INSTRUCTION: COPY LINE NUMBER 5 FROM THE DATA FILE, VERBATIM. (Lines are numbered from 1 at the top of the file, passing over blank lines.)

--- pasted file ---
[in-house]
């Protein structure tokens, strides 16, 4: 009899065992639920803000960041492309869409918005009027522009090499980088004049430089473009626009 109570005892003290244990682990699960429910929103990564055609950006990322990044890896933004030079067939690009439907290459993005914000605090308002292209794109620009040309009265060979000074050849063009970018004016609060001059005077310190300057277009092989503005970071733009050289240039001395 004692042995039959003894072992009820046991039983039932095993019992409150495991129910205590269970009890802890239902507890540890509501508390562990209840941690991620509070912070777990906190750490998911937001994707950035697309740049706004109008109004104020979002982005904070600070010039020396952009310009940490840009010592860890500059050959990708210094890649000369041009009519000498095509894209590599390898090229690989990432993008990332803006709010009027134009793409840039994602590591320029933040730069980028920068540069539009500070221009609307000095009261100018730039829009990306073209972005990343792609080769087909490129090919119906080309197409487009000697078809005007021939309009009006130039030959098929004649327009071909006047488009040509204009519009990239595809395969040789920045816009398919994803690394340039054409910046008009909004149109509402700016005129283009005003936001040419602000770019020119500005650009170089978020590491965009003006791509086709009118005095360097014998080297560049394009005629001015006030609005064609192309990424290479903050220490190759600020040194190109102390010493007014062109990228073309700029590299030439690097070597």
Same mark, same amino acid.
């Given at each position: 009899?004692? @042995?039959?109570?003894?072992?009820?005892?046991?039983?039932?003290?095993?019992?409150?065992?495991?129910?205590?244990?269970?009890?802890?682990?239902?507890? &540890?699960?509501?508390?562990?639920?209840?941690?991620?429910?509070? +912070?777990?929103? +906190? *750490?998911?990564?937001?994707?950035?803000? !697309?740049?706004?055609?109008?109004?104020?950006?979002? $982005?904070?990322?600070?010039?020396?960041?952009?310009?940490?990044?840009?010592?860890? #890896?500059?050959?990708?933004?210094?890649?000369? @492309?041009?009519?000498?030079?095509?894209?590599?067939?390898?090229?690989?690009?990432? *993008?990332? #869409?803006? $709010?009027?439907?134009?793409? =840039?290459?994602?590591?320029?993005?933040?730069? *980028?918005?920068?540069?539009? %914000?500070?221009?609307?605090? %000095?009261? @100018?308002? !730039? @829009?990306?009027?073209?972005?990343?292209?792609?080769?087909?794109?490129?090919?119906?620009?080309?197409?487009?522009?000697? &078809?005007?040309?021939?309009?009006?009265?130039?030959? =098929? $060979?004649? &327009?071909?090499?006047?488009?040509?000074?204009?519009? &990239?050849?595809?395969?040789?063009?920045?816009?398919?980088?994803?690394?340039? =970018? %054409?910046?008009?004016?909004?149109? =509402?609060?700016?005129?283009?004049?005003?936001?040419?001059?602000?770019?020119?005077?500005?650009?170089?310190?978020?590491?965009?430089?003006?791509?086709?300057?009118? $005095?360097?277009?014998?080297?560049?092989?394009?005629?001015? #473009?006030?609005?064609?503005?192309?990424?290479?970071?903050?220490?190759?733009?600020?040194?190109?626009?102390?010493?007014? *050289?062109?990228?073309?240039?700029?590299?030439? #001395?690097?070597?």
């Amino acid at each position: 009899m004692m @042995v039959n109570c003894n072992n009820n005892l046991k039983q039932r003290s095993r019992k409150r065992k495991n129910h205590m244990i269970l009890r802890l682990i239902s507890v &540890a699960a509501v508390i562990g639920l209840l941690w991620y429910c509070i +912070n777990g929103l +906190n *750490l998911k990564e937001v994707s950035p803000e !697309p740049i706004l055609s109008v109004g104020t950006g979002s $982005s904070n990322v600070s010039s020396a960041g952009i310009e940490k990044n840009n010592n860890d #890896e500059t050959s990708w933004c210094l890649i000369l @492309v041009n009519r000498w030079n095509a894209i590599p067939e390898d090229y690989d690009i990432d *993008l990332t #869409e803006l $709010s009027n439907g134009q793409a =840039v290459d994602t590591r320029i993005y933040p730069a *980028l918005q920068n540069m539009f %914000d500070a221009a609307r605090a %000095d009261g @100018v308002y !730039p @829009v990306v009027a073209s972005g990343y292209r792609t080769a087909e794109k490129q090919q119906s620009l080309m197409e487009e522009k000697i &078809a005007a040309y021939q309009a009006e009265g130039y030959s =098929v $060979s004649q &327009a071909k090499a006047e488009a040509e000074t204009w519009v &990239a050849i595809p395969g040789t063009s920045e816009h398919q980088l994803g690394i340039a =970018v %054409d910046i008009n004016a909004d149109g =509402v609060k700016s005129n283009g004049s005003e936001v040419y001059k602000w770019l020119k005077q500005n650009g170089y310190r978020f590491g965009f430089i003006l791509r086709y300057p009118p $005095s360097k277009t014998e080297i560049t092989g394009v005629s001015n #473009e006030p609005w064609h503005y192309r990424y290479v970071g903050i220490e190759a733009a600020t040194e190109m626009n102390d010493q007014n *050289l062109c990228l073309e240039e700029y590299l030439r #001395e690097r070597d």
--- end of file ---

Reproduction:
């Amino acid at each position: 009899m004692m @042995v039959n109570c003894n072992n009820n005892l046991k039983q039932r003290s095993r019992k409150r065992k495991n129910h205590m244990i269970l009890r802890l682990i239902s507890v &540890a699960a509501v508390i562990g639920l209840l941690w991620y429910c509070i +912070n777990g929103l +906190n *750490l998911k990564e937001v994707s950035p803000e !697309p740049i706004l055609s109008v109004g104020t950006g979002s $982005s904070n990322v600070s010039s020396a960041g952009i310009e940490k990044n840009n010592n860890d #890896e500059t050959s990708w933004c210094l890649i000369l @492309v041009n009519r000498w030079n095509a894209i590599p067939e390898d090229y690989d690009i990432d *993008l990332t #869409e803006l $709010s009027n439907g134009q793409a =840039v290459d994602t590591r320029i993005y933040p730069a *980028l918005q920068n540069m539009f %914000d500070a221009a609307r605090a %000095d009261g @100018v308002y !730039p @829009v990306v009027a073209s972005g990343y292209r792609t080769a087909e794109k490129q090919q119906s620009l080309m197409e487009e522009k000697i &078809a005007a040309y021939q309009a009006e009265g130039y030959s =098929v $060979s004649q &327009a071909k090499a006047e488009a040509e000074t204009w519009v &990239a050849i595809p395969g040789t063009s920045e816009h398919q980088l994803g690394i340039a =970018v %054409d910046i008009n004016a909004d149109g =509402v609060k700016s005129n283009g004049s005003e936001v040419y001059k602000w770019l020119k005077q500005n650009g170089y310190r978020f590491g965009f430089i003006l791509r086709y300057p009118p $005095s360097k277009t014998e080297i560049t092989g394009v005629s001015n #473009e006030p609005w064609h503005y192309r990424y290479v970071g903050i220490e190759a733009a600020t040194e190109m626009n102390d010493q007014n *050289l062109c990228l073309e240039e700029y590299l030439r #001395e690097r070597d």